Microsoft and Walmart Sitting In a Tree

Companies ink strategic 5-year partnership

Microsoft and Walmart announced a five-year partnership. Sources: Getty Images, Microsoft, Walmart
Headshot of Lisa Lacy

They don’t have monogrammed towels yet, but Microsoft and Walmart are taking their relationship to the next level by officially announcing Microsoft is Walmart’s preferred cloud provider.

In a press release, Walmart called this a strategic five-year partnership that will accelerate digital transformation in retail, empower associates, and make shopping faster and easier for customers. But, like how the scepter of Shawn Mendes arguably looms over the whirlwind courtship of Justin Bieber and Hailey Baldwin, it’s hard not to wonder how much keeping pace with Amazon figured in their decision to pair up.

Which is not to say the partnership was hasty, per se. The release noted Walmart was already using Microsoft services and is now embarking on “cloud innovation projects” with AI and machine learning, as well as data platform products, for a number of internal and customer-facing applications. For example, Walmart said it will build an IoT platform on cloud computing service Microsoft Azure, including connected HVAC and refrigeration units to reduce energy usage in U.S. stores and the application of machine learning to routing trucks.

The partnership will also include migrating “a significant portion of walmart.com and samsclub.com” to Azure, which has cloud-powered checkout. Walmart says it will enable it to “reach more global markets than ever before.” (In May, Walmart confirmed it bought Indian ecommerce platform Flipkart giving it a foothold in the world’s second most populous country, but it has also struggled in markets like the U.K., Germany, Korea and Brazil, as well as in China.)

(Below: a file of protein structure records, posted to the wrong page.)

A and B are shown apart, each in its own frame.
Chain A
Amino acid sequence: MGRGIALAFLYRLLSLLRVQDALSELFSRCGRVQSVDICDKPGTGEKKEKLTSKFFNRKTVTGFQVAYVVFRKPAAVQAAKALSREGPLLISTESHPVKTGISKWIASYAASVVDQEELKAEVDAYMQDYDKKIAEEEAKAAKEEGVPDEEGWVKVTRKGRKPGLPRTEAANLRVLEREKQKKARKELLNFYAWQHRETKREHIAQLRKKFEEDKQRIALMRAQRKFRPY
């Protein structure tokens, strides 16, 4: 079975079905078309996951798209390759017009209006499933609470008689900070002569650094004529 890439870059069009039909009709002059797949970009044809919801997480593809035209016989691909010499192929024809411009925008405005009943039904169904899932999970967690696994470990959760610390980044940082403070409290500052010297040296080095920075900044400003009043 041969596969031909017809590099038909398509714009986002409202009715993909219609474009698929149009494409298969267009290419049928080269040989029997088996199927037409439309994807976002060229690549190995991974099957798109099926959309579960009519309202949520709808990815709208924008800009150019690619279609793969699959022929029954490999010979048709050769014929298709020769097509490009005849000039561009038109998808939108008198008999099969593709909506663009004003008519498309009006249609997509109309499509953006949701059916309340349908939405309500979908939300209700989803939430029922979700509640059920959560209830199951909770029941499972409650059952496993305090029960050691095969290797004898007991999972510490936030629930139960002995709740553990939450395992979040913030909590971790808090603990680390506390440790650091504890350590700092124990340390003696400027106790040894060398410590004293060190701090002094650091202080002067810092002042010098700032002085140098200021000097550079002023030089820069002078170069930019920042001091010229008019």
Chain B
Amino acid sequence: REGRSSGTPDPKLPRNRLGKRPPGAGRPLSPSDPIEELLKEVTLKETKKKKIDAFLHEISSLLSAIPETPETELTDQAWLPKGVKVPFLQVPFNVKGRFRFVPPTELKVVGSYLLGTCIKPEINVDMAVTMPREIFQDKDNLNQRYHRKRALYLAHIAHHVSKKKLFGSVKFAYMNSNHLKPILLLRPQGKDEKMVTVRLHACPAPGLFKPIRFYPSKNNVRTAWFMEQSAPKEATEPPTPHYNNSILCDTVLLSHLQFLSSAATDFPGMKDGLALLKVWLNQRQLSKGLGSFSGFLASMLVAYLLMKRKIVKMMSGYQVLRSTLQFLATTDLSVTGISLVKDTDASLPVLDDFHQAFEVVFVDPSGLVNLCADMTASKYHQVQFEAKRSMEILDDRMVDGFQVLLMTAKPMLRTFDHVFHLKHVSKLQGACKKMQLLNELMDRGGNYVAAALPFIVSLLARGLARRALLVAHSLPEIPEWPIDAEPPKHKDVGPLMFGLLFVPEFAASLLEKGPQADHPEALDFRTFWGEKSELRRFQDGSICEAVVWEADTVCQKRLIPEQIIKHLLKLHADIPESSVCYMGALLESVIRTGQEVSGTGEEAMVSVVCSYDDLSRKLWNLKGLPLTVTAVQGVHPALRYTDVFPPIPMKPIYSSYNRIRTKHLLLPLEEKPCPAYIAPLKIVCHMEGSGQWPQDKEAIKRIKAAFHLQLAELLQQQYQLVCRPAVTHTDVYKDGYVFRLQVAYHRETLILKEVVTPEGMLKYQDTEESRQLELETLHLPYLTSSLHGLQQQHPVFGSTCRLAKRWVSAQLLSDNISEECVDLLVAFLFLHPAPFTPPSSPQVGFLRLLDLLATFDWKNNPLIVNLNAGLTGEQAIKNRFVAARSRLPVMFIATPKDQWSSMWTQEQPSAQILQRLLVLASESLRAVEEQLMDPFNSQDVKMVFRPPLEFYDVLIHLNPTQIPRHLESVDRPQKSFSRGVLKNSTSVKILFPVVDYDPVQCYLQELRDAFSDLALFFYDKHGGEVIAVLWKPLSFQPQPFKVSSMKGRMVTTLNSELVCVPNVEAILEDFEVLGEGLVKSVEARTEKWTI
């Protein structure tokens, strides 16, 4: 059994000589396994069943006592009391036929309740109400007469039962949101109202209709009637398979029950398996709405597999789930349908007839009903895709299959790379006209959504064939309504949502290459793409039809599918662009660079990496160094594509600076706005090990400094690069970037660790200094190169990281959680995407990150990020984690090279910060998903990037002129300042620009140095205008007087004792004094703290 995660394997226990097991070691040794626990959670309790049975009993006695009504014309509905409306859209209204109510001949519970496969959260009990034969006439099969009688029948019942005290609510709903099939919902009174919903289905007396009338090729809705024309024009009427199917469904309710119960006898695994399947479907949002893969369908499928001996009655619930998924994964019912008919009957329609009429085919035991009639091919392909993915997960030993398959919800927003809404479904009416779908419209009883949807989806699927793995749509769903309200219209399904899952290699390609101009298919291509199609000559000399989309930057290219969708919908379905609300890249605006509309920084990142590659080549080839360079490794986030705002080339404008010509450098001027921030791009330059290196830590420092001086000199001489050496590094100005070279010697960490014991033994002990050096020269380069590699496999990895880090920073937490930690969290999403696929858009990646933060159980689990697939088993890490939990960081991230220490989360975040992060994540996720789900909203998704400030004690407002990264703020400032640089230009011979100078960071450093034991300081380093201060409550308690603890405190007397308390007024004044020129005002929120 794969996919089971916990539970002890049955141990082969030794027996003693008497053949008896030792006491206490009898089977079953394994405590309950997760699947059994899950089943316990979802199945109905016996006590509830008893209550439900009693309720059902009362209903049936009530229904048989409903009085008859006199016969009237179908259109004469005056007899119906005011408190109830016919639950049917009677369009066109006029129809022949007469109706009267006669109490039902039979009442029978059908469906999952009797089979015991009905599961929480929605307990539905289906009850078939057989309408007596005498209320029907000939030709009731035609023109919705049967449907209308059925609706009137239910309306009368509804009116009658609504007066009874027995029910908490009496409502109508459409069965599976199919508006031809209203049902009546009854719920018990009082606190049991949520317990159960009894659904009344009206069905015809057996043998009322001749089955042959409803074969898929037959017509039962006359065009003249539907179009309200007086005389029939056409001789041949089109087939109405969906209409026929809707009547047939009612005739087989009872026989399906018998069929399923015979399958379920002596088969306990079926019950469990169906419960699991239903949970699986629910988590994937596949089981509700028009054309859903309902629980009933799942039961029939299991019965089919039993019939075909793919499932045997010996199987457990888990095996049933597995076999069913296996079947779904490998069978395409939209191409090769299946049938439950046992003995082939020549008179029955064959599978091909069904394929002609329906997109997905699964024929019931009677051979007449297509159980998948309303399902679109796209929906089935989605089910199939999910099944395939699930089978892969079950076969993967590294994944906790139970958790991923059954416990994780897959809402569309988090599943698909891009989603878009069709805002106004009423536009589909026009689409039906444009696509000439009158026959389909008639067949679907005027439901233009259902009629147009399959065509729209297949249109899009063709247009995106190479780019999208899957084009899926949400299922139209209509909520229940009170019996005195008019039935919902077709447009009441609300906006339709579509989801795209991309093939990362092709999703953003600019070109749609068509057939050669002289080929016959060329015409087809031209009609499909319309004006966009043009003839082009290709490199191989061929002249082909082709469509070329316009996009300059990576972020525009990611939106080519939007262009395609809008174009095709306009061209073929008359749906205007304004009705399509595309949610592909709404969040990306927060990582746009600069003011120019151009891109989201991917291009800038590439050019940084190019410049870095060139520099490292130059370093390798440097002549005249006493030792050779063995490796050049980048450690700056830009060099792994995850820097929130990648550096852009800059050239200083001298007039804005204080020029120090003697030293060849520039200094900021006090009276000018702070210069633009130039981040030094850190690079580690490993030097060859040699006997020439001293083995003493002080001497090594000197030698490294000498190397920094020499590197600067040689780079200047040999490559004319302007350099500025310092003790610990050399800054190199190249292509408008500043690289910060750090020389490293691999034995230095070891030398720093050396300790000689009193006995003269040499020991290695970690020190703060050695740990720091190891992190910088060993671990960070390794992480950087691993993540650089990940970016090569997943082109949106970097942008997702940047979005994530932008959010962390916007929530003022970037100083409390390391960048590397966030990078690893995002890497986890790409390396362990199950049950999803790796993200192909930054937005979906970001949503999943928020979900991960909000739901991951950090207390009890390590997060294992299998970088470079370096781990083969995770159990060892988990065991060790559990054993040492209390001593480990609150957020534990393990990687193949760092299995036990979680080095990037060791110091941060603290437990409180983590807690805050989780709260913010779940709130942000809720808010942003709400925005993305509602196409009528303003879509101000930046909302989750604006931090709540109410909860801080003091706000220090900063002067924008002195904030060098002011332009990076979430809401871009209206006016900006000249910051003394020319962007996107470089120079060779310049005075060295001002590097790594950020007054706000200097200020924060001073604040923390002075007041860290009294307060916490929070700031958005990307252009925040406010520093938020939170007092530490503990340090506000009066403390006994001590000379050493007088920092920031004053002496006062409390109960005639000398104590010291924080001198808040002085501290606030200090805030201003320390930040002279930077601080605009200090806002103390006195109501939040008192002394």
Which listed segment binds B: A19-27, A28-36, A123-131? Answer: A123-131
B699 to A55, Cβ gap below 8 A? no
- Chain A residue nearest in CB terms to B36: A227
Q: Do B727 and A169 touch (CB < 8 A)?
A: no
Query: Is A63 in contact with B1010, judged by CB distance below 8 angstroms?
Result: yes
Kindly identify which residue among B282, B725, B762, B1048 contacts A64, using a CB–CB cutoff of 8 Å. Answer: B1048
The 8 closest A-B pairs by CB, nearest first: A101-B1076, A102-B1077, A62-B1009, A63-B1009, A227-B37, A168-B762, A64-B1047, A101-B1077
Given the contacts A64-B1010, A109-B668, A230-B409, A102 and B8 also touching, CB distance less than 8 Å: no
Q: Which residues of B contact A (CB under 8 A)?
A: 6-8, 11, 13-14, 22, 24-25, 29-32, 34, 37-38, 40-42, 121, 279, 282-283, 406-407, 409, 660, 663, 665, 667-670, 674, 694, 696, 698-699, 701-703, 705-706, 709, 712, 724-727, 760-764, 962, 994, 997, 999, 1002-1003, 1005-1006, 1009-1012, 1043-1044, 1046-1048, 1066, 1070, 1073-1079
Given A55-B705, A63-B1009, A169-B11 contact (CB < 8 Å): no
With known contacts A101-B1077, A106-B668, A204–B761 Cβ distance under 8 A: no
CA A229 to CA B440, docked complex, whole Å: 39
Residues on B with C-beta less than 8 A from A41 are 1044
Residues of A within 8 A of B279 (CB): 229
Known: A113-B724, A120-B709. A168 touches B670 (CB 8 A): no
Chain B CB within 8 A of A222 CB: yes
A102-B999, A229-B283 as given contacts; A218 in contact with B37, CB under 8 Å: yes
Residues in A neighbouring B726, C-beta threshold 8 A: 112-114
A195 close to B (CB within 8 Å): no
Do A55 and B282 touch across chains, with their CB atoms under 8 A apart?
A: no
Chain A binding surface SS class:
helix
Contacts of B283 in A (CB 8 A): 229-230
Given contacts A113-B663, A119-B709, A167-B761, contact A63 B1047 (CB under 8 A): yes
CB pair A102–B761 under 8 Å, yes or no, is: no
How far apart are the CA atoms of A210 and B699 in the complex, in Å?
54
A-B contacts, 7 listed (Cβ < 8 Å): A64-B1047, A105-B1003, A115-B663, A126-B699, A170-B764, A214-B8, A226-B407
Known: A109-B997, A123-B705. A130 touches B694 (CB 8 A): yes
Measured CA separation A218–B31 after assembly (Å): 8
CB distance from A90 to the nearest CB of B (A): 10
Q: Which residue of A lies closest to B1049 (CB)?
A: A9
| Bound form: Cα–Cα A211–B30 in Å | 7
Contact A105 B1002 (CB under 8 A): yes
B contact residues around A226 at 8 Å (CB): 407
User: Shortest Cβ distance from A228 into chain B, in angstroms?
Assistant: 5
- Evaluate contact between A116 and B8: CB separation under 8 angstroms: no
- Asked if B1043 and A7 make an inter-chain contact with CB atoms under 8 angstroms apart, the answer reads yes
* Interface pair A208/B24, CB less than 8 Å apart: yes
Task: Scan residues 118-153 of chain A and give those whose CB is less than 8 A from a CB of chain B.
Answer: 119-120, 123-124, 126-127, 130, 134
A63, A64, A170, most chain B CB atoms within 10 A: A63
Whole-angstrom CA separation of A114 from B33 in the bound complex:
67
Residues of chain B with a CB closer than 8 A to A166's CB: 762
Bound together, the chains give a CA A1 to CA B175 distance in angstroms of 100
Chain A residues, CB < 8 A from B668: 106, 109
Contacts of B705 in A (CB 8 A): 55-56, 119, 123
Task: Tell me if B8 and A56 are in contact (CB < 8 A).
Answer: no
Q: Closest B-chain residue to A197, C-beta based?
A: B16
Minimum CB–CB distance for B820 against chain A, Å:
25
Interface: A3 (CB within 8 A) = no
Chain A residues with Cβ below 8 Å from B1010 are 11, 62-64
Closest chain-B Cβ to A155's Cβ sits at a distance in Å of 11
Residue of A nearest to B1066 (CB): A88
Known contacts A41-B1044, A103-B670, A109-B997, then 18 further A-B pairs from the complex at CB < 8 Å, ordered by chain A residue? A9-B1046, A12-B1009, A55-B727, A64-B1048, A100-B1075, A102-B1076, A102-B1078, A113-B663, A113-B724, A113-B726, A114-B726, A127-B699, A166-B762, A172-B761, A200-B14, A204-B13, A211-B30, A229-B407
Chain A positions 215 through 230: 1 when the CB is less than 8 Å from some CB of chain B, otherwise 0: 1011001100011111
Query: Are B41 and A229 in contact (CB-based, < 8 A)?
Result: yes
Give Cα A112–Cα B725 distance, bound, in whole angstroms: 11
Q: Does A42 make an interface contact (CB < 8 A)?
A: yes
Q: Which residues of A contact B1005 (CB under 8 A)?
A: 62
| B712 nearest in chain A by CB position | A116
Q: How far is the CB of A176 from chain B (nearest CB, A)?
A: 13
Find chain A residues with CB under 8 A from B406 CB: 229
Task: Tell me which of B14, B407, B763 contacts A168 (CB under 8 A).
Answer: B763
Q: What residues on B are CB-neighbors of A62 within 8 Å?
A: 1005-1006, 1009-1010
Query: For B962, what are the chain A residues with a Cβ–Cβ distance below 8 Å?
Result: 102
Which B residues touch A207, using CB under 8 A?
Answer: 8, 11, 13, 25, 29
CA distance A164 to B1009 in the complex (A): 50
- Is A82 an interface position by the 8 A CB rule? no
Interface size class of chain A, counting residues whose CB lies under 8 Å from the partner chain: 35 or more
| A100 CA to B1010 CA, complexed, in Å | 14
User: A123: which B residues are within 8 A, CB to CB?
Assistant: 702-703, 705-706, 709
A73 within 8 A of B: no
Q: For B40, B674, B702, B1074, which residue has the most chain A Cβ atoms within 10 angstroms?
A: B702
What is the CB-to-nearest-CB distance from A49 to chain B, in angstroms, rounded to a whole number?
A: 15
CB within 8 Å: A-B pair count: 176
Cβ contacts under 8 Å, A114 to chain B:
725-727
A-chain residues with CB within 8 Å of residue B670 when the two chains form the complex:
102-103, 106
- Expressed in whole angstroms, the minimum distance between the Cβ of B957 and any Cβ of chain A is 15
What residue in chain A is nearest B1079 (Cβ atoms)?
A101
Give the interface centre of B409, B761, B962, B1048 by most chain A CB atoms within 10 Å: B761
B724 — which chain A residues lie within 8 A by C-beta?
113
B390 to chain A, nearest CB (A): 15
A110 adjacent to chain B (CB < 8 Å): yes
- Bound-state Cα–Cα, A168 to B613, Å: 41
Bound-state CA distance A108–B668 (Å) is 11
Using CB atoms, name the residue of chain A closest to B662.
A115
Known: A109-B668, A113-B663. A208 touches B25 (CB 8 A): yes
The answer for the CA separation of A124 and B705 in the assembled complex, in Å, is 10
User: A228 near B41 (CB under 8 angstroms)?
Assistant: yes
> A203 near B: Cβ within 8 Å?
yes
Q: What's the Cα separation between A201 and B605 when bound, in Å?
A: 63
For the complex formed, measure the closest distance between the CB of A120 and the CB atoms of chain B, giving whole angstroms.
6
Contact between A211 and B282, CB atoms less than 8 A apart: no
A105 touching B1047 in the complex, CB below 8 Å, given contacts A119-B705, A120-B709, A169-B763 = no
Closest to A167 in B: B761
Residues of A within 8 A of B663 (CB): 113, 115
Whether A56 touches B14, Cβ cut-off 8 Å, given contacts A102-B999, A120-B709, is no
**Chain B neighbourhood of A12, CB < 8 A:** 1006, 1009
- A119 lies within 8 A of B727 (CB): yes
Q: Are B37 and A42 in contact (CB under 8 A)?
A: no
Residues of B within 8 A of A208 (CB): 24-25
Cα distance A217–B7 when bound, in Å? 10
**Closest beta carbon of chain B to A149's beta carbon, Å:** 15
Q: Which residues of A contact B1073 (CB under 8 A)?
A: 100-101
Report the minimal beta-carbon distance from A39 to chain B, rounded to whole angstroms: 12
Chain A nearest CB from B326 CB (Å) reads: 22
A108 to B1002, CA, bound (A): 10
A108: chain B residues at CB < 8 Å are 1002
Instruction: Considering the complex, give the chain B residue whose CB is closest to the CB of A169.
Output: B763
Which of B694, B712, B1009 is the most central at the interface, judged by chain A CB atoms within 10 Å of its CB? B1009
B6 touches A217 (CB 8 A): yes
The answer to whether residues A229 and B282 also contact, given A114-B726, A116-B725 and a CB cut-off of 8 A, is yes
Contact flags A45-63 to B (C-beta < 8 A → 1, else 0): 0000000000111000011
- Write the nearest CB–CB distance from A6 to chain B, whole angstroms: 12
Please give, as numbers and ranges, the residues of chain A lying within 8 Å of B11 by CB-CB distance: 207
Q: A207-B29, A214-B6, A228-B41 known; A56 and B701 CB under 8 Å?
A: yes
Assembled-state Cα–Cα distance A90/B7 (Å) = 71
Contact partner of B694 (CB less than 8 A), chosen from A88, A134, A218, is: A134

“Whether it’s combined with our agile cloud platform or leveraging machine learning and artificial intelligence to work smarter, we believe Microsoft will be a strong partner in driving our ability to innovate even further and faster,” said Walmart CEO Doug McMillon in a statement.

Microsoft declined comment. Walmart did not respond to a request for comment.

But after reports earlier this year that Microsoft is developing checkout-less technology like Amazon Go and JD.com’s X-Marts, it certainly seems at least plausible that this budding relationship—as well as Walmart’s acquisition of Flipkart—is in part to help Walmart keep up with Amazon. But, without commentary beyond the release, it’s too soon to tell if Azure’s cloud-powered checkout will bring Walmart one step closer to no checkout at all.


@lisalacy lisa.lacy@adweek.com Lisa Lacy is a senior writer at Adweek, where she focuses on retail and the growing reach of Amazon.
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